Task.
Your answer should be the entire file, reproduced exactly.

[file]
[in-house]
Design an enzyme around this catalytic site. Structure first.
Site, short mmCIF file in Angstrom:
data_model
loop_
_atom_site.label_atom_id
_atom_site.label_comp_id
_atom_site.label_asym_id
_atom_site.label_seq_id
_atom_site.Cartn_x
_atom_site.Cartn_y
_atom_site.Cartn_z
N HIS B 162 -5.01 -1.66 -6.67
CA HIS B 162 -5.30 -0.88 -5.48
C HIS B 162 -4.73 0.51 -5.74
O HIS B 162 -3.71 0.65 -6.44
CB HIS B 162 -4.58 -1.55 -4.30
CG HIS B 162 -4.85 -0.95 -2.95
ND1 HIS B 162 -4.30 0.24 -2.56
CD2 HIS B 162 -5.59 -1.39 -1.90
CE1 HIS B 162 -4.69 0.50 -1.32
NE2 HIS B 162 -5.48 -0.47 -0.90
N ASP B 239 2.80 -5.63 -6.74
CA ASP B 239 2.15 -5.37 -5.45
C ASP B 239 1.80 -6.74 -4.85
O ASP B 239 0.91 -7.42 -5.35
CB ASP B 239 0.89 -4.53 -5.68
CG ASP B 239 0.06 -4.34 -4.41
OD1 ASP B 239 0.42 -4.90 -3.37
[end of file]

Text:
[in-house]
Design an enzyme around this catalytic site. Structure first.
Site, short mmCIF file in Angstrom:
data_model
loop_
_atom_site.label_atom_id
_atom_site.label_comp_id
_atom_site.label_asym_id
_atom_site.label_seq_id
_atom_site.Cartn_x
_atom_site.Cartn_y
_atom_site.Cartn_z
N HIS B 162 -5.01 -1.66 -6.67
CA HIS B 162 -5.30 -0.88 -5.48
C HIS B 162 -4.73 0.51 -5.74
O HIS B 162 -3.71 0.65 -6.44
CB HIS B 162 -4.58 -1.55 -4.30
CG HIS B 162 -4.85 -0.95 -2.95
ND1 HIS B 162 -4.30 0.24 -2.56
CD2 HIS B 162 -5.59 -1.39 -1.90
CE1 HIS B 162 -4.69 0.50 -1.32
NE2 HIS B 162 -5.48 -0.47 -0.90
N ASP B 239 2.80 -5.63 -6.74
CA ASP B 239 2.15 -5.37 -5.45
C ASP B 239 1.80 -6.74 -4.85
O ASP B 239 0.91 -7.42 -5.35
CB ASP B 239 0.89 -4.53 -5.68
CG ASP B 239 0.06 -4.34 -4.41
OD1 ASP B 239 0.42 -4.90 -3.37